I guess that's all that's new this month. I'm making money again, my site is hitting new record numbers, there's some cool articles coming out soon on this and third-party websites and I didn't win the CBC Future 40, but I'm really proud of those who did.
That's all for now. Until next time, keep traveling!
And, as always, a big thank you to my sweetheart Jessica Nuttall for proof reading a countless number of my articles. I couldn't do any of this without you. I love you.
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Although the hot summer days of July are long behind us, 2017 is still Canada's 150th year. In honour of Canada's sesquicentennial birthday, I decided to put together a list of 150 things about Canada. This list talks about our quirkiness, our strengths, our weakness, and our legacy, for better and for worse. There are some sad facts, some odd facts and some facts that will probably make you open another tab to look into for yourself.
Hope you enjoy this list, and I hope you all had a great 2017!
1. Canada's two official languages are French and English, but only 20.6% of Canadians speak French.
Long before I started my blog, many, many years ago, I visited Innsbruck, Austria. I was on a Contiki trip through Europe and visited a plethora of locations such as Rome, Paris, Amsterdam, Venice, Lucerne and Innsbruck, just to name a few. It was an incredible experience and one that I think was a transformative moment in my life.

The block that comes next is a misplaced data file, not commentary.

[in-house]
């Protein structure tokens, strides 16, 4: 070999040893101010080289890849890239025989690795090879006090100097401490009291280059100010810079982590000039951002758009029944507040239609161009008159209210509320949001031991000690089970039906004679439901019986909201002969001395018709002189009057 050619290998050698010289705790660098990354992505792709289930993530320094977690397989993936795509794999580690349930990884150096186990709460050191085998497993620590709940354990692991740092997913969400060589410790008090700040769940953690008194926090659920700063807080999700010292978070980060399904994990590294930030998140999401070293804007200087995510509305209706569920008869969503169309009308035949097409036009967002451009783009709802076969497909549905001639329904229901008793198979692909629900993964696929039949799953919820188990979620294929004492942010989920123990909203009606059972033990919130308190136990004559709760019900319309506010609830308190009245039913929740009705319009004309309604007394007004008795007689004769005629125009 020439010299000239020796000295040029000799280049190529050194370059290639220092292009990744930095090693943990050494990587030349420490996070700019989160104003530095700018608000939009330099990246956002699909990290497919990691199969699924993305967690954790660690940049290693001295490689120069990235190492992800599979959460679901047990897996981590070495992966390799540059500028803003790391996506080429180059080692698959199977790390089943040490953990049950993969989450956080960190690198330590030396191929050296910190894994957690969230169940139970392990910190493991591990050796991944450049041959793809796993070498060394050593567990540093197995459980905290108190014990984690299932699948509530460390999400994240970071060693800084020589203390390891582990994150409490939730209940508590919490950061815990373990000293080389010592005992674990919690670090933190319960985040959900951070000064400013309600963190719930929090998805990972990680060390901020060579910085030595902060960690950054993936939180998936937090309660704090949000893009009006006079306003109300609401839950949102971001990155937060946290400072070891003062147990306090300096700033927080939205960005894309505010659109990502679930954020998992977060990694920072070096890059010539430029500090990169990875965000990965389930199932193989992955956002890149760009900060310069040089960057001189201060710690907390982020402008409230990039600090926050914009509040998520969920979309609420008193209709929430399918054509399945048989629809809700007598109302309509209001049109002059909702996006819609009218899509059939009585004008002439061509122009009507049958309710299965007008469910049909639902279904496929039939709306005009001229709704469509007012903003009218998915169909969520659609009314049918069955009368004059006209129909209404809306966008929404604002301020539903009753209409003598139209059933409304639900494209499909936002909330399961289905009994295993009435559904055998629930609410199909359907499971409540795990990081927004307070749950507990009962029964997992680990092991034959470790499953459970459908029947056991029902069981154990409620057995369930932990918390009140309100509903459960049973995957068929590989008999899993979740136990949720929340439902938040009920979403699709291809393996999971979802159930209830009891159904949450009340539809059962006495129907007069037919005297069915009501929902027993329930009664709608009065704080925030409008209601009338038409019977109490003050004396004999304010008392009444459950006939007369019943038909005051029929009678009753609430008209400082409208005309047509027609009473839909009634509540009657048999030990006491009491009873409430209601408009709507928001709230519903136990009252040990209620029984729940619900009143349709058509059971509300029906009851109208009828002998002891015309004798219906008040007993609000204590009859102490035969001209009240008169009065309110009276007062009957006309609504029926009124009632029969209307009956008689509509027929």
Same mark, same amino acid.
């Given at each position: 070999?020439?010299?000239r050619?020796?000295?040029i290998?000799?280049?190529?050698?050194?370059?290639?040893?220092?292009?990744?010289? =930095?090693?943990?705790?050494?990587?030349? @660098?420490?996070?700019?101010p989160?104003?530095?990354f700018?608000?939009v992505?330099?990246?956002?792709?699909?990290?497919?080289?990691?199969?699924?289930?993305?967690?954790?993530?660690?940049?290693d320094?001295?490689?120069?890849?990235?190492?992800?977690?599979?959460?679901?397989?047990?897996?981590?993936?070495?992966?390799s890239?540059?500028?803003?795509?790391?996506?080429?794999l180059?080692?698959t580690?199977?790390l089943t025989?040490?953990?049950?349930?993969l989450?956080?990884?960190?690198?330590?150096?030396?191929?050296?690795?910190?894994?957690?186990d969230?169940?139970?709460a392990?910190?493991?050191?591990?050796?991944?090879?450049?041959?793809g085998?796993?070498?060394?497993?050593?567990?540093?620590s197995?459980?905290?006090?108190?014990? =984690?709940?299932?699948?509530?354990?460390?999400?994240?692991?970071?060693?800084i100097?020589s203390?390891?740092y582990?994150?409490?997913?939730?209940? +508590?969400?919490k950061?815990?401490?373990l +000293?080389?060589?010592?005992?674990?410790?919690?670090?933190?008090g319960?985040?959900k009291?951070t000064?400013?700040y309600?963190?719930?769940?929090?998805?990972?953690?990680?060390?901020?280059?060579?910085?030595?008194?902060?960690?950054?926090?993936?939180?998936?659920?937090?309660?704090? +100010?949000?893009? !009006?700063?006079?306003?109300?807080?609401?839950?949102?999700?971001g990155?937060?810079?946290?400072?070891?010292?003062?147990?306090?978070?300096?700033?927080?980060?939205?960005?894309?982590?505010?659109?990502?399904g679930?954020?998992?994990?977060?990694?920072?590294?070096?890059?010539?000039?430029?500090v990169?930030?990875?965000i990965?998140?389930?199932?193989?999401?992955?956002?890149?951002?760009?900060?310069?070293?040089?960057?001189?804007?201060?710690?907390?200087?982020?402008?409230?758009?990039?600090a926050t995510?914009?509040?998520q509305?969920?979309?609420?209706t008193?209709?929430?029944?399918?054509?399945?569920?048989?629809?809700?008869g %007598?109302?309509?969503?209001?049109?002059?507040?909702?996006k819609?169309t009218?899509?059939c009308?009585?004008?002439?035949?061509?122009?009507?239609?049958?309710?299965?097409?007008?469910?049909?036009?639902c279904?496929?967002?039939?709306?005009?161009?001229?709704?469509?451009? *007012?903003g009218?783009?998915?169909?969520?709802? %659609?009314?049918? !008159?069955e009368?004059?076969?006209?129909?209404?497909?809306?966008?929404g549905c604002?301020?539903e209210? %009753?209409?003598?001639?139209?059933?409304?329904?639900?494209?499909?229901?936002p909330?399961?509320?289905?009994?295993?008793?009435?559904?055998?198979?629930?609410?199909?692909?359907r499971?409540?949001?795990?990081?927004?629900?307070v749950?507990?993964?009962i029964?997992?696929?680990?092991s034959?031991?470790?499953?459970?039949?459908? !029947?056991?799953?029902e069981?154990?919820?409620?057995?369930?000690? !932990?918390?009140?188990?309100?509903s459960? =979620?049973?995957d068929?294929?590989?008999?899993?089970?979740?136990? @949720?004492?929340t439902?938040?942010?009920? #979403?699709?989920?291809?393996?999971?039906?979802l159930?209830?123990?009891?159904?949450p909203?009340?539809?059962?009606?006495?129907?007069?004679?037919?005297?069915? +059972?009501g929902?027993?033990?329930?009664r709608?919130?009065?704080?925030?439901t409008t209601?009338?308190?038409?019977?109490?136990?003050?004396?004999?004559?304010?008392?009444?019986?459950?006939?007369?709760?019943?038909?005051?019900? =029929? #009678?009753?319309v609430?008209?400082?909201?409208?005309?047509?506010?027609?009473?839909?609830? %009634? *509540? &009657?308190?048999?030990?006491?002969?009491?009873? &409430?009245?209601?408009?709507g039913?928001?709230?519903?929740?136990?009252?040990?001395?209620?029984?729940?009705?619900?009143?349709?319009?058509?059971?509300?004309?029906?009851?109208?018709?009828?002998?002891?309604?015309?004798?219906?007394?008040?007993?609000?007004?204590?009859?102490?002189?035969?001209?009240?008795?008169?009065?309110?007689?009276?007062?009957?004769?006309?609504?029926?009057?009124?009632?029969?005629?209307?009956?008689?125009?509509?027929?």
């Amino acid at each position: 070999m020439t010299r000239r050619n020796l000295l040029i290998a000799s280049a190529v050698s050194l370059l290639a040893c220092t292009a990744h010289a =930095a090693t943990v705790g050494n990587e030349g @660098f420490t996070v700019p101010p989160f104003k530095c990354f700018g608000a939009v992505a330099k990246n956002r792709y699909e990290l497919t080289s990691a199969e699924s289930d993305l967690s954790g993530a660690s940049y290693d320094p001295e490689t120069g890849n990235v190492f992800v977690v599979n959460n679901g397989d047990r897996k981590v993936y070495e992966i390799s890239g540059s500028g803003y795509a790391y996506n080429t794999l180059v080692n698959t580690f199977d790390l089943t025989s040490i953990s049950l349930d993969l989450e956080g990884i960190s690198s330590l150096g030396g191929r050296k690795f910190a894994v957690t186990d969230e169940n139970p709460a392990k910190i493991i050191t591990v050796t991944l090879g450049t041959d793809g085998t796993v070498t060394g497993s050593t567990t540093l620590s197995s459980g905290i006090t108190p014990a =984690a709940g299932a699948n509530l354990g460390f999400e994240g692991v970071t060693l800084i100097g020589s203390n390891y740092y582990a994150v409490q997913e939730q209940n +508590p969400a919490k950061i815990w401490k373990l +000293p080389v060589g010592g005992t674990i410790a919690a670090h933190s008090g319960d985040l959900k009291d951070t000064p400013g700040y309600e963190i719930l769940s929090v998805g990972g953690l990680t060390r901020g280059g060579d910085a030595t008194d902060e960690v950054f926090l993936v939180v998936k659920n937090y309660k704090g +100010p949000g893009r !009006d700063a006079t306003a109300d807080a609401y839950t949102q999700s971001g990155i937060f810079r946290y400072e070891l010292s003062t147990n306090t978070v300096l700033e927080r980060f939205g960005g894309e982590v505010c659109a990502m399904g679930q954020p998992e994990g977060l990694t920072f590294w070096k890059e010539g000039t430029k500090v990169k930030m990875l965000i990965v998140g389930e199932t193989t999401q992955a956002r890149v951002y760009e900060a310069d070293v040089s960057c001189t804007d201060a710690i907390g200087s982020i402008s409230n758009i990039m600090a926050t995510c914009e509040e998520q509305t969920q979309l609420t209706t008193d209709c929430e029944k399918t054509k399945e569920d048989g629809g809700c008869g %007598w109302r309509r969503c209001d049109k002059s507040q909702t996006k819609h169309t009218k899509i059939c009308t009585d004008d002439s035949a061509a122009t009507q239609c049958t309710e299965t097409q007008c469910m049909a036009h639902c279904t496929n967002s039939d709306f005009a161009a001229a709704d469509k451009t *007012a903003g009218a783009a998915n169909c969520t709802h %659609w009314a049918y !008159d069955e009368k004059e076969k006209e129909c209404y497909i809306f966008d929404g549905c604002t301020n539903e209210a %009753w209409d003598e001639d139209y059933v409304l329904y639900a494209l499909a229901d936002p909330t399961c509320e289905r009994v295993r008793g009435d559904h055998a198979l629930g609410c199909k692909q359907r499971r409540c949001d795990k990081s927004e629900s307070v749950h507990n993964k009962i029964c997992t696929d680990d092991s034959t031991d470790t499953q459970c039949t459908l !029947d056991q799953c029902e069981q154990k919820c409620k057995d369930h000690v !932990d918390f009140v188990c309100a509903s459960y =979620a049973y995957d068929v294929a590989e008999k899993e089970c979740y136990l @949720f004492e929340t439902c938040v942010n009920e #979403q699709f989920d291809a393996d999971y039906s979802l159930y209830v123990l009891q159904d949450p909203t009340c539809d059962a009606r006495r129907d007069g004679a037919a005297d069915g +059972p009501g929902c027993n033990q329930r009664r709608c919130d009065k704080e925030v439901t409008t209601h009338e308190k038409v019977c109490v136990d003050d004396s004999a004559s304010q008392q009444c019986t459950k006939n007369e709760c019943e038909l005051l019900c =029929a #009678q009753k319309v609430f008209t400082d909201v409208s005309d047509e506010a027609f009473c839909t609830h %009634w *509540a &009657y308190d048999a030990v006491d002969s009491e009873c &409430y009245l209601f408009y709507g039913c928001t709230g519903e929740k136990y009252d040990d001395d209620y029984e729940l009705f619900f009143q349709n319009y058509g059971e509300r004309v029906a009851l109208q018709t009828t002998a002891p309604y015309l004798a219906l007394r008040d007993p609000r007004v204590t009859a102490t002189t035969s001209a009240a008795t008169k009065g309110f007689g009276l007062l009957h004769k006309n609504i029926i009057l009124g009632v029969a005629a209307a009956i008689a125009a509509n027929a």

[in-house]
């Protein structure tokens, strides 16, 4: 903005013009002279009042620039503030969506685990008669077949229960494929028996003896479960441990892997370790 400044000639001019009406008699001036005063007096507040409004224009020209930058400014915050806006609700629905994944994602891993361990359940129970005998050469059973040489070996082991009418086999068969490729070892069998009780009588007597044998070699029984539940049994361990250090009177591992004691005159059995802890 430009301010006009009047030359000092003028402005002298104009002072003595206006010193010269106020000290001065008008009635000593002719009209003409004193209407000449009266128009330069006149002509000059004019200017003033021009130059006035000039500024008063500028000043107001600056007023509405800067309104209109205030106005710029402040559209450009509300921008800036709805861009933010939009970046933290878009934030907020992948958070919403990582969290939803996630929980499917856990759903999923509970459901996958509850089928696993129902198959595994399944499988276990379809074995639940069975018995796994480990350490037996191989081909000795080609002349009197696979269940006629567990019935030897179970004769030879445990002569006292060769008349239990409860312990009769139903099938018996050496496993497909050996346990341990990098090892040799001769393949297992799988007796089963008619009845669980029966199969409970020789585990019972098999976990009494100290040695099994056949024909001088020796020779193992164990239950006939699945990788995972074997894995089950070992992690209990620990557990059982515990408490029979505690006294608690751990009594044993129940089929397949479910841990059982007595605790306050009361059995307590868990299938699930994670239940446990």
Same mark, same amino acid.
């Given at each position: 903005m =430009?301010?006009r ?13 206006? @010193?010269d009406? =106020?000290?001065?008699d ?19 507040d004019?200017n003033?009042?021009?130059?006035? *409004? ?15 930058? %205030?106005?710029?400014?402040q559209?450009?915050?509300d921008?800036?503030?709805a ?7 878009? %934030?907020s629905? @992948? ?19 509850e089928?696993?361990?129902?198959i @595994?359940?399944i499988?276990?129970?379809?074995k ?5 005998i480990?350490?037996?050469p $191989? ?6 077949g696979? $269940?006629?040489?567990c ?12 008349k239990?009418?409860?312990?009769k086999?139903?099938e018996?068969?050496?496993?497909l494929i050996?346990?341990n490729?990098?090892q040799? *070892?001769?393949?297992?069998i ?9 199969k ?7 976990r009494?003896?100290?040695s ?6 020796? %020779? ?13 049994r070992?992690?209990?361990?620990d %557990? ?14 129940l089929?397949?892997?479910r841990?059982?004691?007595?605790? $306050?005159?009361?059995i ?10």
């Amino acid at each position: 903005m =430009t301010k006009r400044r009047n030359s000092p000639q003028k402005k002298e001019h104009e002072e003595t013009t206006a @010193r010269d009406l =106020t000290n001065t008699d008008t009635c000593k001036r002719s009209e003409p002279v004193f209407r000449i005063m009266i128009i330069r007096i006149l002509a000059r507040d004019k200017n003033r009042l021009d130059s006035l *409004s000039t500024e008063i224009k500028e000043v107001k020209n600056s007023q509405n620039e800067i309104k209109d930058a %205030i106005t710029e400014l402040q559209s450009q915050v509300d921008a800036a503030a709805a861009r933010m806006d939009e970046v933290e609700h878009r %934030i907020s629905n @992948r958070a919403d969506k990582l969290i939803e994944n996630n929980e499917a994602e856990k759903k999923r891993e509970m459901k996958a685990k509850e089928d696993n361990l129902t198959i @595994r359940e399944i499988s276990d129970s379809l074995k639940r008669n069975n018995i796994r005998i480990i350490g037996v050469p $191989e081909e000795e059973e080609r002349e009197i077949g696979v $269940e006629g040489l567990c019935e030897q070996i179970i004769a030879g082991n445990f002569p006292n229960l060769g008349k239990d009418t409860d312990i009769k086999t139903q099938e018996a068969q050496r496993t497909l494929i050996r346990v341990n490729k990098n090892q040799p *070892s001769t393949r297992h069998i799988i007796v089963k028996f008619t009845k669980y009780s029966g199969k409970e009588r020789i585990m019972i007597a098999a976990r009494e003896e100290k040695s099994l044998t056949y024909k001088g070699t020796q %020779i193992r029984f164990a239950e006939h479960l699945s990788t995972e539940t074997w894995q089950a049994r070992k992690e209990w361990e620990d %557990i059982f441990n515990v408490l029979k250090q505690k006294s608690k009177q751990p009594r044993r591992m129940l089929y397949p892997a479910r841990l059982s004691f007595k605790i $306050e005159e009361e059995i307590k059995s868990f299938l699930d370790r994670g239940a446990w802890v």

Off the record (or, on the record now, I guess), of all the places I visited, the only one I didn't like was Innsbruck. I couldn't get into it. We visited it in late March, so the weather wasn't the best. The trees didn't have any leaves on them, the grass was brown, and everything had a post-winter grey look to it. After visiting Munich and spending the night in St. Goar, my mind wasn't thinking about Innsbruck at all. Instead, I was more excited to go to Venice the next day, and the Vatican the day after that. My time in Innsbruck was uneventful, and all I wanted was to get back on the road.
That was in 2011, and now it's 2018. Has my opinion on Innsbruck changed? I would say yes. I'm more mature now and if I went back, I would better appreciate what I was seeing. As I've gotten older, I've been less impressed by the massive buildings and more enthralled by the history that created them.
Just over a year ago I wrote an article about the glockenspiel that once stood in downtown Regina. I had fond memories of the glockenspiel as a child and was sad when they took it down to renovate the park. I was even more sad when they didn't put it back up, and I was angry when I discovered it was sitting in a junkyard (sorry, outdoor "storage facility") for the past ten years. That article got a lot of attention, from both the public, the city and the press. Today, efforts are being made to restore the bell back to its original location.
I'm telling you this because preserving heritage – may it be a 25-year-old bell, or a fourth century building – is important. Without heritage, we lose who we are. Often, the desire to move society forward steps over the heritage and causes it to get lost. As impressive as tall glass buildings might be, nothing is better than a smoky red brick structure.
Saskatchewan is beginning to realize how important this is – and thankfully it's happening now and not in a few decades after everything is gone. But, our neighbours have been on the heritage preservation band train for several years now, especially in Alberta.